Amy Hong: South High’s Table Tennis Master


Dr. Steven Qian with Amy Hong at a local student ping-pong tournament

Emma Marx, Web Editor

Amy Hong (’22) is an extremely talented table tennis player with an interesting history and compassionate love for the game. 

Table Tennis Background

Hong started playing table tennis when she was only five years of age in China. She, later on, would go to an academy in Beijing (the capital of China) to hone her skills even more. After she moved to America, Hong delayed playing for a year and put her energy into learning English instead, and then after the year, her father took her to a small local tournament. There, the referees saw she was interested in doing more table tennis so she got taken under the wing of Dr. Qian in the 4th grade and trained under him for years. Unfortunately, since Qian passed away due to illness in her sophomore year she hasn’t had a coach since and she now continues to play with her father and other adults at the local club.

“Dr. Qian was pretty hard on me, and I spent a pretty significant portion of my weekends and summers drilling one-on-one, with hours of harsh practice, but ultimately I’m super grateful for him and what he’s done for me to help me to where I am,” Hong said.

Starting Table Tennis Club

Hong started Fargo South’s table tennis club when she was only a freshman. “It was definitely hard to start a club in freshman year, especially when you’re still figuring out everything with your new life in high school. However, I had a lot of support from friends, fellow students, teachers, and the administration, as well as the local table tennis adult club, which is why we’ve been able to continue despite having multiple incidents in the last two years, such as a roof collapse and Covid-19 cutting all activities short,” Hong said. She claims she started the club because of her childhood experiences; she wanted to share the joy of the sport with other students at South.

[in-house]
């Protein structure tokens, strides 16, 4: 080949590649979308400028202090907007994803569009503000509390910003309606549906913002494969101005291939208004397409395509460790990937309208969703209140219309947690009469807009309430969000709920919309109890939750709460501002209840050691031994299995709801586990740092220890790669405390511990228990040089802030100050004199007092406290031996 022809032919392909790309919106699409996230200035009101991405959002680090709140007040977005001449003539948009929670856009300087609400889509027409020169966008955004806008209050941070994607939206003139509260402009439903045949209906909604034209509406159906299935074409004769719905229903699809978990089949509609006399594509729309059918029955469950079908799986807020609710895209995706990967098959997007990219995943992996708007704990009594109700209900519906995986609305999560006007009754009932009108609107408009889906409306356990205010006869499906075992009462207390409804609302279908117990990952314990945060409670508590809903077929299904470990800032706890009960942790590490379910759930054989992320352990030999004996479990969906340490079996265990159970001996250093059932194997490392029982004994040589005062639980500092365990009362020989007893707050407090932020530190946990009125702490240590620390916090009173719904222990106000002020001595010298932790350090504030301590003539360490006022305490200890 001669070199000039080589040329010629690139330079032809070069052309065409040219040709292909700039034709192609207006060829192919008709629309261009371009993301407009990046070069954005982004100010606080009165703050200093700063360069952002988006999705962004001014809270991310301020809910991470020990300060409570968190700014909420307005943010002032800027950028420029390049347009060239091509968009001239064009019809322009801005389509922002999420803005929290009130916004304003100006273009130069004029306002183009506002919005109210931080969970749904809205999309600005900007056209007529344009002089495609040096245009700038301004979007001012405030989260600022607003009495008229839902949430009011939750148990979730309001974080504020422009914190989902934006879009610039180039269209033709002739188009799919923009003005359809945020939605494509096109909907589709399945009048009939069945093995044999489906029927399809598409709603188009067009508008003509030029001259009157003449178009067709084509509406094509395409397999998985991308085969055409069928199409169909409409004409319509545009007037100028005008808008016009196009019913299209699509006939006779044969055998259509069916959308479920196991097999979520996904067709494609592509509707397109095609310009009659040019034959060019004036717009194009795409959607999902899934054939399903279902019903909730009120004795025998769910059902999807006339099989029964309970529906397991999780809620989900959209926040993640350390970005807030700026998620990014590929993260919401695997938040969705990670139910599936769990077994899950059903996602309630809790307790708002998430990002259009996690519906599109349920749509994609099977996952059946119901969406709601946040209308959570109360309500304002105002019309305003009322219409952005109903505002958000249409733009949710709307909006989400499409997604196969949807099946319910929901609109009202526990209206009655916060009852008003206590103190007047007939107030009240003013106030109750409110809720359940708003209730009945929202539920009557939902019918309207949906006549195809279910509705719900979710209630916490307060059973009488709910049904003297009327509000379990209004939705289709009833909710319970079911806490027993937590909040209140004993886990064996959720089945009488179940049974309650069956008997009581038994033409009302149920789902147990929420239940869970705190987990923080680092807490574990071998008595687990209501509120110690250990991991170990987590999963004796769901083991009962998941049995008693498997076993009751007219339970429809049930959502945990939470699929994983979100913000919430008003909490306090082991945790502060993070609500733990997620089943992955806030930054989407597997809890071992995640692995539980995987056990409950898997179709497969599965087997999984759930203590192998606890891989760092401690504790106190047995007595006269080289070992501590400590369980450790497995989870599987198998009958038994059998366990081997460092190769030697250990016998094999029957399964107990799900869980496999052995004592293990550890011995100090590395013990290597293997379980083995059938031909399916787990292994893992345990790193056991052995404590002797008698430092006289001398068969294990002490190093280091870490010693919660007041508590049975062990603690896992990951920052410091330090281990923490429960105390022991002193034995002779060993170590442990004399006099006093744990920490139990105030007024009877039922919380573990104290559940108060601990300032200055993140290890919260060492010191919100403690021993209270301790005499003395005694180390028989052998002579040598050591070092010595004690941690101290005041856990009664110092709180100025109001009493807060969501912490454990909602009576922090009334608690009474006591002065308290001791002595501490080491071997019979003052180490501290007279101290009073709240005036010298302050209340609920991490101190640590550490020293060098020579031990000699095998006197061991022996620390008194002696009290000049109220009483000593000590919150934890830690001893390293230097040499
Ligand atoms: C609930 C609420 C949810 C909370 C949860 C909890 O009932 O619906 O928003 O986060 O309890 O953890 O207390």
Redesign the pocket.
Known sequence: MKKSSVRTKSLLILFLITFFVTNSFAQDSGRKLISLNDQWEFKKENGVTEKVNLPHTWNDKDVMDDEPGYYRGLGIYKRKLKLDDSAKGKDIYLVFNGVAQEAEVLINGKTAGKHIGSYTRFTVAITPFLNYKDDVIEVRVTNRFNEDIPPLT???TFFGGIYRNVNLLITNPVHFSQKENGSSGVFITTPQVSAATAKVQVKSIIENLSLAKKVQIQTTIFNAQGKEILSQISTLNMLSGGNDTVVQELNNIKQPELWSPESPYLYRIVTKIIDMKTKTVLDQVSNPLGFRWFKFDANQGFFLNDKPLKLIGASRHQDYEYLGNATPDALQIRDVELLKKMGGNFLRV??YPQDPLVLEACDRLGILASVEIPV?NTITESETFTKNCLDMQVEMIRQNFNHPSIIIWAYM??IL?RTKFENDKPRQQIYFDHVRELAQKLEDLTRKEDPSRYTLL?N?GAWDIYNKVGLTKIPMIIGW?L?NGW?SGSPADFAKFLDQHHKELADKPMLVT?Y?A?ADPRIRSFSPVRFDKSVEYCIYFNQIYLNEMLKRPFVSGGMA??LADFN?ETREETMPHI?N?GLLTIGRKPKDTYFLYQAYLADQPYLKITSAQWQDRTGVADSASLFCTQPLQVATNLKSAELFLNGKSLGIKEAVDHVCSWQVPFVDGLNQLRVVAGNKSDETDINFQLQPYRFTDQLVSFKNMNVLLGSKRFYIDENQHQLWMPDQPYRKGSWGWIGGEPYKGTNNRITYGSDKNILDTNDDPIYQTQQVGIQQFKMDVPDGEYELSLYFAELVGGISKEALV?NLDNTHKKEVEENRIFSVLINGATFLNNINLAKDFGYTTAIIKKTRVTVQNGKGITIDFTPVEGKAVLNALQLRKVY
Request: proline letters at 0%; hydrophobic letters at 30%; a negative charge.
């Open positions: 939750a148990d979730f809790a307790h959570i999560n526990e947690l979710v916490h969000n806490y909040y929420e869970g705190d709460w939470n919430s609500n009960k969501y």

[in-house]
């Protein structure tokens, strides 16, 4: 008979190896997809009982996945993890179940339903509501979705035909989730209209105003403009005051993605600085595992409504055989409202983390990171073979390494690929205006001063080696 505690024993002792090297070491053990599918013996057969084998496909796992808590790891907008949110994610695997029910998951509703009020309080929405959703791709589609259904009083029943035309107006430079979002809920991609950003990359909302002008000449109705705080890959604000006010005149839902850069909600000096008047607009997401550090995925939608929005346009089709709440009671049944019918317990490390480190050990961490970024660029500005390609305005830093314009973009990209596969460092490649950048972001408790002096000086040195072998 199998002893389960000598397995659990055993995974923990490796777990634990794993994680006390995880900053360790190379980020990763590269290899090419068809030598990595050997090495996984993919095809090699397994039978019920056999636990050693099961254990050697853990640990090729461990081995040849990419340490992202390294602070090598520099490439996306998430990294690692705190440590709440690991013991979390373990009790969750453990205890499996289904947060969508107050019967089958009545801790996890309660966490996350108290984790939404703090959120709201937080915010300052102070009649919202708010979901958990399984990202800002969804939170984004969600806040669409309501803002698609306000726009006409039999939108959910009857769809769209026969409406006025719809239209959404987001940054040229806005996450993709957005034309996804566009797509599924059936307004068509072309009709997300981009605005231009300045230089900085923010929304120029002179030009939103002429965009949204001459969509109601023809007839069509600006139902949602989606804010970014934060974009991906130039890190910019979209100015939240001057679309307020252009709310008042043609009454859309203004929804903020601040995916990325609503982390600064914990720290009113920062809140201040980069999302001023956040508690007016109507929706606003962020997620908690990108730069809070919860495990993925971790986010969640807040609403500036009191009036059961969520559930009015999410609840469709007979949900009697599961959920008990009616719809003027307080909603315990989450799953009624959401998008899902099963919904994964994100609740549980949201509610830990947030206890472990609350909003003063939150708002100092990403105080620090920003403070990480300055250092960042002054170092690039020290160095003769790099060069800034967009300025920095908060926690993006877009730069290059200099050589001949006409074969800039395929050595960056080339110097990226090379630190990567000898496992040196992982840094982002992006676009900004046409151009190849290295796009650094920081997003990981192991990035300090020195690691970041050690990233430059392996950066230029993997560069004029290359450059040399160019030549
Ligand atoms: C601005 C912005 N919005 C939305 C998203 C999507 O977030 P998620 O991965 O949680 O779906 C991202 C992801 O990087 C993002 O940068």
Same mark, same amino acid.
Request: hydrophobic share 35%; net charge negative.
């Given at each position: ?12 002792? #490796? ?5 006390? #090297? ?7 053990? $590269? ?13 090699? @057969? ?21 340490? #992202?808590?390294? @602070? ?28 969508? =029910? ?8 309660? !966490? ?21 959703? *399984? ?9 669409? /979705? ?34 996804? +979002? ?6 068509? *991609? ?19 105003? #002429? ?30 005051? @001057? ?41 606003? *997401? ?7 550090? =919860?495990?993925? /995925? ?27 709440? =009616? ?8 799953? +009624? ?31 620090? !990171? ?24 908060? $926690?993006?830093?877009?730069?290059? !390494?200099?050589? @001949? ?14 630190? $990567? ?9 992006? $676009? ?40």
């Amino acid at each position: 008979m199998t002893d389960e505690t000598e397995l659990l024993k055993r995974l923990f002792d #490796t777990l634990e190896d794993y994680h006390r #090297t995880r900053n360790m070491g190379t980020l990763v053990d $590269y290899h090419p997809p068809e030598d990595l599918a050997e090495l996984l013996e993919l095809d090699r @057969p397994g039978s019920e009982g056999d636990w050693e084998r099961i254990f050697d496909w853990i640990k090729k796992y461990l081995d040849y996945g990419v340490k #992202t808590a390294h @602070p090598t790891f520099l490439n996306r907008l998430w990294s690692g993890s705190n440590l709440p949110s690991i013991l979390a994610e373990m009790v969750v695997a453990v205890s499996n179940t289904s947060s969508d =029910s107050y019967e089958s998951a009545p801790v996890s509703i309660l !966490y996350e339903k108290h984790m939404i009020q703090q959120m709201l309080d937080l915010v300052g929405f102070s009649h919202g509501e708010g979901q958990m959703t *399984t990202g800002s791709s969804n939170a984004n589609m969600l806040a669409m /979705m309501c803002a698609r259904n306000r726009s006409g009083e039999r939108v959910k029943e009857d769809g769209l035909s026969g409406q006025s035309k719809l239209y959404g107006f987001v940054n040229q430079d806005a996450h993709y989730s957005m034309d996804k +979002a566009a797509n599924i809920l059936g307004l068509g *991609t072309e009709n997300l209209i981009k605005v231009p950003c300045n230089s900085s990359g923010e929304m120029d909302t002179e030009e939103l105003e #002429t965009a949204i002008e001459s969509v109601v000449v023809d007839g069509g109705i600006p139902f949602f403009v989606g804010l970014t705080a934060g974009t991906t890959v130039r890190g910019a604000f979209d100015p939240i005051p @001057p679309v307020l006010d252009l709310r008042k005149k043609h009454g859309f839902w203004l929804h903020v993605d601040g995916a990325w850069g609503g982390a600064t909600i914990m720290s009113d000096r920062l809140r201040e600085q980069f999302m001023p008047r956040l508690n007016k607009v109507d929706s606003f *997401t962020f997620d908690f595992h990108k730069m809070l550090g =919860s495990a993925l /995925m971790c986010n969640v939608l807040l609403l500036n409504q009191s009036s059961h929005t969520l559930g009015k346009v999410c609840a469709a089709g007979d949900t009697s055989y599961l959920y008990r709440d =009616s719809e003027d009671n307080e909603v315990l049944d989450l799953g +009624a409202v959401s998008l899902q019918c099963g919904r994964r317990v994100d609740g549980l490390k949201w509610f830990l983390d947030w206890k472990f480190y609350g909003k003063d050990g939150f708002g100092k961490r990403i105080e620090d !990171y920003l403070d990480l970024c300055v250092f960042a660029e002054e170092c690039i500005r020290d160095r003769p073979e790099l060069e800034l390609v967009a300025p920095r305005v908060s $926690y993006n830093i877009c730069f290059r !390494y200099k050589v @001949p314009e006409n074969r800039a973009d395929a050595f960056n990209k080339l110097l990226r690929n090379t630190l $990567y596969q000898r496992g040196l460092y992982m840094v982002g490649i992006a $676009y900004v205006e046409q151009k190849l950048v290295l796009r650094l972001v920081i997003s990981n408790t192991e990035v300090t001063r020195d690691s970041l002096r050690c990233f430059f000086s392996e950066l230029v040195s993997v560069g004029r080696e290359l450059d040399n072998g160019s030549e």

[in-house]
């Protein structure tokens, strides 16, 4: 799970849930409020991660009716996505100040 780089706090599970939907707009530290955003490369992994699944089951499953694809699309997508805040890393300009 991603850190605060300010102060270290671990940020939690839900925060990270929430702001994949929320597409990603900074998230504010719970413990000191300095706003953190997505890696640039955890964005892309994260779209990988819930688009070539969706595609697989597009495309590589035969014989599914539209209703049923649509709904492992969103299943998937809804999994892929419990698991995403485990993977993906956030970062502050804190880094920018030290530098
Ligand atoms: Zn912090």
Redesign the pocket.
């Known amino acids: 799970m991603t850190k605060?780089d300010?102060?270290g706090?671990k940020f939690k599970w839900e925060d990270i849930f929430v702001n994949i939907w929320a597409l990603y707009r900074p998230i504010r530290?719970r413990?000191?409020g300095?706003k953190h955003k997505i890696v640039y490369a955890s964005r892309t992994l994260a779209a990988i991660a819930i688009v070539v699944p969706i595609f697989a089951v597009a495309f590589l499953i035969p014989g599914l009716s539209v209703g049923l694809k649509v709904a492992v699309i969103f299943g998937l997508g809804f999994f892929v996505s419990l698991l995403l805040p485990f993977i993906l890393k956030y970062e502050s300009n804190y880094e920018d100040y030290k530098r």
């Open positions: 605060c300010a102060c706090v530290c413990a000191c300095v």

Playing Style

“I think ping-pong is a very special sport in that it relies on extremely fast reflexes and thinking and is a very fast-paced sport, and is very elegant when you play it correctly,” she declared, “There’s a strange balance of grace and power, almost like a very rhythmic dance.” 

Hong’s playing style is very intricate, elegant, offensive, and aggressive. She tries to drive a topspin as much as possible since forehand topspin, smashing, and looping are her specialties and her defensive skills aren’t as fleshed out as her offensive ones. Although if an opponent is good at defense, going offensive can be quite exhausting, so forehand topspin isn’t always the best option.

Her favorite technique is forehand smashing; it’s a very quick move that uses a lot of raw power, and everything happens in a split second and the body has to twist a lot to generate momentum. When you stand two meters away from the table and drive the ball forward with all your might, there’s a huge adrenaline rush and the rhythm of the ball bouncing just keeps you on your feet.


In terms of accomplishments, Hong has been the local FM champion for the last five consecutive tournaments (there wasn’t a tournament last year and won’t be this year either due to Covid-19) and she’s placed third in the local adult tournament. 

Hong’s Final Thoughts 

“There’s beauty in its rhythm and the sounds of the balls as you hit it over and over, thousands of times; its movements are a combination of sheer strength and careful, calculated precision; and the feel of sweat and adrenaline and your fingers shaking a little after gripping the paddle for so long is just… wonderful,” Hong shared.

She says she continues to love table tennis due to it being an amazing sport that also comes along with amazing friends and an amazing, supportive, and patient extended community. She recommends ping-pong to anybody who enjoys racquet sports.